What can firms to do ensure that they don’t make similar internal control mistakes? The key may be to ensure not only that your plan is sufficient to meet FINRA and NASD requirements but also that the current practice of carrying out that plan in fact meets those requirements.
Recent decisions and plea agreements between FINRA and financial advisors show that internal compliance controls are more important than ever. We’ve reviewed a few examples from the agency to give you a sense of how to avoid similar pitfalls.
In a case involving Midtown Partners & Co., LLC, FINRA entered an agreement with the firm over the lack of internal controls that led to an alleged violation of trading requirements. There, the firm consented to sanctions for failure to properly keep its firm’s watch and restricted list. In this case, the CEO allegedly sold shares on one occasion from the watch list and another from the restricted list. The key for FINRA seems to have come down to the fact that the firm failed to assign someone to supervise the CEO, rather than the lack of proper written procedures.
Firms should also note that they can’t pass off their compliance control diligence to third parties entirely. In the case involving FIS Brokerage & Securities LLC the firm consented to the sanctions even thought it properly alerted Reportable Order events and audit trails. In doing so, unfortunately, the firm seems to have used a platform that was faulty. That platform was provided by a third party vendor and made system errors when the third party changed the platform. Those system errors led to the firm submitting inaccurate, incomplete or improperly formatted information. In this case, even though the original platform met the original FINRA requirements, the changes made by the contractor put the firm outside of the compliance.
And this too goes for outside advisors. In a case involving Oriental Financial Services Corp., the firm consented to FINRA sanctions based on a failure to detect improper language in two of a total of 85 settlement agreements with consumers. The language, involving FINRA Rule 2081, required as a part of the settlements that the customers consent to Oriental's and the relevant registered representatives' requests for expungement of the customers' claims from FINRA’s claims dispute system. That expungement language violated FINRA Rule 2081. This inclusion of the language, in a clause tucked into the contracts, remained in the settlement agreements even though the agreements were prepared by the outside counsel, reviewed by in-house counsel and by the compliance department, and ultimately were signed by officers of the firm. Even with this four layers of review, the clauses remained in the contracts.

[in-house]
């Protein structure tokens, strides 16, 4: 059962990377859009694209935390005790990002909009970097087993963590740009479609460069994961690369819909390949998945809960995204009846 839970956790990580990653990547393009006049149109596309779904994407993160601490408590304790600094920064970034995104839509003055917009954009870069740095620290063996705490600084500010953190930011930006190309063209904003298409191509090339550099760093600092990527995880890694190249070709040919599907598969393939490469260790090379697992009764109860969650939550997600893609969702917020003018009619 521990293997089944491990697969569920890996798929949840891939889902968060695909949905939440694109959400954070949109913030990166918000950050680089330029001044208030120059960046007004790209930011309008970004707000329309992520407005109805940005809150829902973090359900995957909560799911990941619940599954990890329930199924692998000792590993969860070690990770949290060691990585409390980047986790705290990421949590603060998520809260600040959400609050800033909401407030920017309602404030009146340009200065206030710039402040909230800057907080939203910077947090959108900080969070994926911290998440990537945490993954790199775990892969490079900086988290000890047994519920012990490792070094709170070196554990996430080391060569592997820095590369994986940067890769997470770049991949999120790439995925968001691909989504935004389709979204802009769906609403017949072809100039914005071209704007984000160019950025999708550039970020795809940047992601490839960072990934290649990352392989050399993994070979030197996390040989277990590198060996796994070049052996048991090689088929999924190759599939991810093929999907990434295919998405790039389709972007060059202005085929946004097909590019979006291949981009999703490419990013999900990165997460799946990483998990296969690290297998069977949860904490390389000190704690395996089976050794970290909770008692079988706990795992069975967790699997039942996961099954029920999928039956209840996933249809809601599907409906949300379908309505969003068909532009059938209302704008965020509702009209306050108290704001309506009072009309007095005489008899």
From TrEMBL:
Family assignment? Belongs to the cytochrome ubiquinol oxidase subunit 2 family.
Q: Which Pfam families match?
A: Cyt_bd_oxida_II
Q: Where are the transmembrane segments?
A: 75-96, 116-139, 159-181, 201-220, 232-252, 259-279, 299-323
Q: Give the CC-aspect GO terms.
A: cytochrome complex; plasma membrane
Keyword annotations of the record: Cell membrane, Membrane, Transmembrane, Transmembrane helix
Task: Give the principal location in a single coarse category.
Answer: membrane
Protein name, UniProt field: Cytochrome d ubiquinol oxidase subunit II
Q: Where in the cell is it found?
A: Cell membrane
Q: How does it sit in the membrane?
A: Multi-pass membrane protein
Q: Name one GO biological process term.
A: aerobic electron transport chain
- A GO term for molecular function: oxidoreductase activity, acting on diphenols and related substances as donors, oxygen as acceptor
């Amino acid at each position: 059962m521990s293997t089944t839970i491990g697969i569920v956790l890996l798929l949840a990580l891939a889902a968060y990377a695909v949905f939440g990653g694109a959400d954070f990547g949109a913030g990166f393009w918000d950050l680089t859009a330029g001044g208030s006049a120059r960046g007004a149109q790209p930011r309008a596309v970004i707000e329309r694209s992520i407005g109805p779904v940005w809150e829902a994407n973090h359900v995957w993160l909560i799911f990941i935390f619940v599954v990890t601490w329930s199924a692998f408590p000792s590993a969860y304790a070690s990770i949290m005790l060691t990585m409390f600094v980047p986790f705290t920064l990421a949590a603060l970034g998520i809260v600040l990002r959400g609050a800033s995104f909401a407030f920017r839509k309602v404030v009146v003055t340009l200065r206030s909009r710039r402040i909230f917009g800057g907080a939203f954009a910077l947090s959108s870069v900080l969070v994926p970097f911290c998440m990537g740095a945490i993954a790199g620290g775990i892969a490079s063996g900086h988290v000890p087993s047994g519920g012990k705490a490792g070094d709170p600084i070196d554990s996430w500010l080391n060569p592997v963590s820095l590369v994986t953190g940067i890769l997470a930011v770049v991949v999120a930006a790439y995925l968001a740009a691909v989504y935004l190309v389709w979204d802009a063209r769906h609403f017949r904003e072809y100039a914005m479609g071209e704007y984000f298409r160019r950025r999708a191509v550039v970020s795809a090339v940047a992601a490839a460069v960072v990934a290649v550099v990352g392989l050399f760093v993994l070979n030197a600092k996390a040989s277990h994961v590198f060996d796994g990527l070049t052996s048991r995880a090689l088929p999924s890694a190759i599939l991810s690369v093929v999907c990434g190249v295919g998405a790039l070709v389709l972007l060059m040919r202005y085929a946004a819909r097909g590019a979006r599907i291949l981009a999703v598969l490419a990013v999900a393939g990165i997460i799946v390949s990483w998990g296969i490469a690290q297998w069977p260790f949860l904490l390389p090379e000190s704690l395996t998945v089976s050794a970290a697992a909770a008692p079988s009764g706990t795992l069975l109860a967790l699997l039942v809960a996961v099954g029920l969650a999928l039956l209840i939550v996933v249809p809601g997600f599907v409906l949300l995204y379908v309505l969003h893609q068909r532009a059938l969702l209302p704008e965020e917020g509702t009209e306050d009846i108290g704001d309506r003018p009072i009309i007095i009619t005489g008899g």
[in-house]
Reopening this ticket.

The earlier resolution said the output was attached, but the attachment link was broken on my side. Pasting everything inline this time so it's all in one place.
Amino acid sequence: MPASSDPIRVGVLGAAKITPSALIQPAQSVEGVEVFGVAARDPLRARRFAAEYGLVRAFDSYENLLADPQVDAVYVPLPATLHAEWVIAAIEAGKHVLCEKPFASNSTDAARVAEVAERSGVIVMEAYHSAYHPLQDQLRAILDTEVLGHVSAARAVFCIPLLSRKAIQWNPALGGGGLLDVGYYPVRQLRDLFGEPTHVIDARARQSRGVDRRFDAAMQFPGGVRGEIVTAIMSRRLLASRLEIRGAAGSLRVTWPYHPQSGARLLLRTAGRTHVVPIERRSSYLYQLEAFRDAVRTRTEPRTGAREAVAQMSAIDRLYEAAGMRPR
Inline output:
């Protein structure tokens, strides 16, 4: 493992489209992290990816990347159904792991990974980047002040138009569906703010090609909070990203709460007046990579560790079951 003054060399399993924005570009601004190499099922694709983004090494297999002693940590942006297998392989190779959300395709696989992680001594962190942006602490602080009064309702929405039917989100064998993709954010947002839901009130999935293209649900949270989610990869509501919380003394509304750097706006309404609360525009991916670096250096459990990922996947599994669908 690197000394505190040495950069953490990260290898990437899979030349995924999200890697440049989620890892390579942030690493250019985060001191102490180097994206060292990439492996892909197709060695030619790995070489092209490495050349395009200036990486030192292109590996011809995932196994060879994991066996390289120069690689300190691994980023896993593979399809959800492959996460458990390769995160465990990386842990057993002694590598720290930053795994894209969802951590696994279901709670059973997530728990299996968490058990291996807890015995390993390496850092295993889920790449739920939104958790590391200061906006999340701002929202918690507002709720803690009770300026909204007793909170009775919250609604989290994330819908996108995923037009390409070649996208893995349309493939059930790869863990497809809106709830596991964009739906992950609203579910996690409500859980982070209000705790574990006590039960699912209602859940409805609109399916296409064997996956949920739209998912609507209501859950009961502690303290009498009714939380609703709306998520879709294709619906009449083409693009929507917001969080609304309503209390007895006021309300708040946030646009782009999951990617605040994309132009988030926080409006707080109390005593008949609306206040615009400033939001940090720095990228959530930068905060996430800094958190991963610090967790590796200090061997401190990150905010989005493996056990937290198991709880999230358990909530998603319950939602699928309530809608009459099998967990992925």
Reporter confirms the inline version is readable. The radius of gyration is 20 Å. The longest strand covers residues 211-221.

What can firms to do ensure that they don’t make similar internal control mistakes? The key may be to ensure not only that your plan is sufficient to meet FINRA and NASD requirements but also that the current practice of carrying out that plan in fact meets those requirements. As was the case in Midtown Partners, the firm had a policy of oversight of officers and their trading, but never assigned a supervisor to review the employee’s trades. While ensuring that the original system worked properly, the firm failed to ensure that platform updates continued to work accurately in FIS Brokerage. And as for internal controls on work involving mass produced information, like 85 settlement agreements, the key may be to avoid fatigue and inspect each document properly. And it may help to think of any mass produced documents, like marketing information, not just legal documents.
Before leaping into the unknown, we recommend a thorough examination of your plan. Because we are experts in the field, we know the marketplace and know what your existing vendor is capable of offering. Through this examination, we can help you optimize the service you receive.get xpress proposal